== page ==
Northern Ireland news

Transcripts released in terrorist court case

Transcripts of police interviews conducted with a west Belfast woman suspected of terrorist offences have been disclosed in court.

Fionnghuale Mary Teresa Dympha Perry, of Waterville Street, has been charged with possessing documents or records containing information likely to be of use to terrorists - namely a security debrief regarding the police recovery of firearms, ammunition and explosives - on February 20, 2018.

The 65-year old has also been charged with collecting or making a record of information likely to be useful to terrorists on a date between September 16, 2015 and February 21, 2018.

The pensioner has denied both offences and is currently standing trial at Belfast Crown Court.

Both charges arose from a search of her home which was carried out by officers from the PSNI's Tactical Support Group on February 20, 2018.

During the search, a perfume box containing notes written on cigarette papers was located and seized from a bedroom in the property.

Perry was arrested and taken to Musgrave Police Station where she was interviewed on several occasions - and refused upon the advice of her solicitor to answer police questions.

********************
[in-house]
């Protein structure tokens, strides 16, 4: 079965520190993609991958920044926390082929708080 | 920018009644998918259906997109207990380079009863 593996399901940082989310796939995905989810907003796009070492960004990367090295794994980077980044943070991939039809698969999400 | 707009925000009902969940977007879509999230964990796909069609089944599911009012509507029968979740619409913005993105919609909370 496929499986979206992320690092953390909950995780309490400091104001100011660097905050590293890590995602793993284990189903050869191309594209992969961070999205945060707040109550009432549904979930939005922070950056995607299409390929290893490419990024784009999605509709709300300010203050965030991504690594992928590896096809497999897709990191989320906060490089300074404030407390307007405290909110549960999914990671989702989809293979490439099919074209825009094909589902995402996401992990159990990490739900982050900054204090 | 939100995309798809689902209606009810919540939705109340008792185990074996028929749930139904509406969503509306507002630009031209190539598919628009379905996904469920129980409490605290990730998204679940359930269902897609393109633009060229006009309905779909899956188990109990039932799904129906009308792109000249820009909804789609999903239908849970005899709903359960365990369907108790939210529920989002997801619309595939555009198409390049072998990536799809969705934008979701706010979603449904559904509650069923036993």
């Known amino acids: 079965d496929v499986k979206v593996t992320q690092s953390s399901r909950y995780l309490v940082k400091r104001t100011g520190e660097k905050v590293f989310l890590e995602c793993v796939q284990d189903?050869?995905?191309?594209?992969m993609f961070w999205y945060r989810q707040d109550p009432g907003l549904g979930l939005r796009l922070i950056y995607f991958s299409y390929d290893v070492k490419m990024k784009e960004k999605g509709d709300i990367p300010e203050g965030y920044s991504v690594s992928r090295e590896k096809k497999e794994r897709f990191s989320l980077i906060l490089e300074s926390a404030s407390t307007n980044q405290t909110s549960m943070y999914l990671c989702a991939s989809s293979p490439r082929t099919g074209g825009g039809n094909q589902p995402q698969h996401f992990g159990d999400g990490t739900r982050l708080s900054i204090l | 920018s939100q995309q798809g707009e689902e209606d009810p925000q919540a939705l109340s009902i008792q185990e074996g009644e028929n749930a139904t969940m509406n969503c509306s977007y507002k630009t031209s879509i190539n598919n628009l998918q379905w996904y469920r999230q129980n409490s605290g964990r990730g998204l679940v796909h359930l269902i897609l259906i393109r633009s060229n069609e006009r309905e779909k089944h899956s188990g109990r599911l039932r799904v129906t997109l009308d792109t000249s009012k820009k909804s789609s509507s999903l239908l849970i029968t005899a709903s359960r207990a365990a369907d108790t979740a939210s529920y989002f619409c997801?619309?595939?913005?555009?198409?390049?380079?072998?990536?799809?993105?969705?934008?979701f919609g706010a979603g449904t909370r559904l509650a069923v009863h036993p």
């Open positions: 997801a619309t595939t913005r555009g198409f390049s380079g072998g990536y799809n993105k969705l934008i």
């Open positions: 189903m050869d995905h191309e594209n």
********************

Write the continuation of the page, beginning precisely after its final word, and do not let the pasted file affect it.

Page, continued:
These interviews were the subject of today's non-jury hearing and transcripts were read to trial judge, Mr Justice O'Hara.

At the start of the interviews, it was made clear to police that Perry would not be answering any questions.

A police officer noted this, then proceeded to ask Perry a series of questions relating to the notes found in her home and alleged New IRA membership.

It's the Crown's case that the heavily coded notes are linked to a dissident republican security de-brief regarding the seizure of explosives and firearms during a police raid on a house in Ballymurphy in September 2015.

In code, the notes mention 'a missing rice crispie' and 'pest control being heavy in the Murph' after the raid.

The questions asked to Perry by police included 'Are you a member of the New IRA?', 'did you make these notes?', 'were these notes made at a meeting?', 'was the meeting in a safe house?, 'did you discuss topics that would be of interest to the New IRA at the meeting' and 'what are the notes about?'

Perry answered 'no comment' to these questions, and also refused to comment on how the notes were found in a bedroom in her house.

When asked again about the codes in the notes, and whether 'rice crispie' referred to an AK47 that went missing from the New IRA and 'pest control' as meaning the PSNI, she again answered 'no comment.'

The trial is due to resume on Thursday.


Northern Ireland news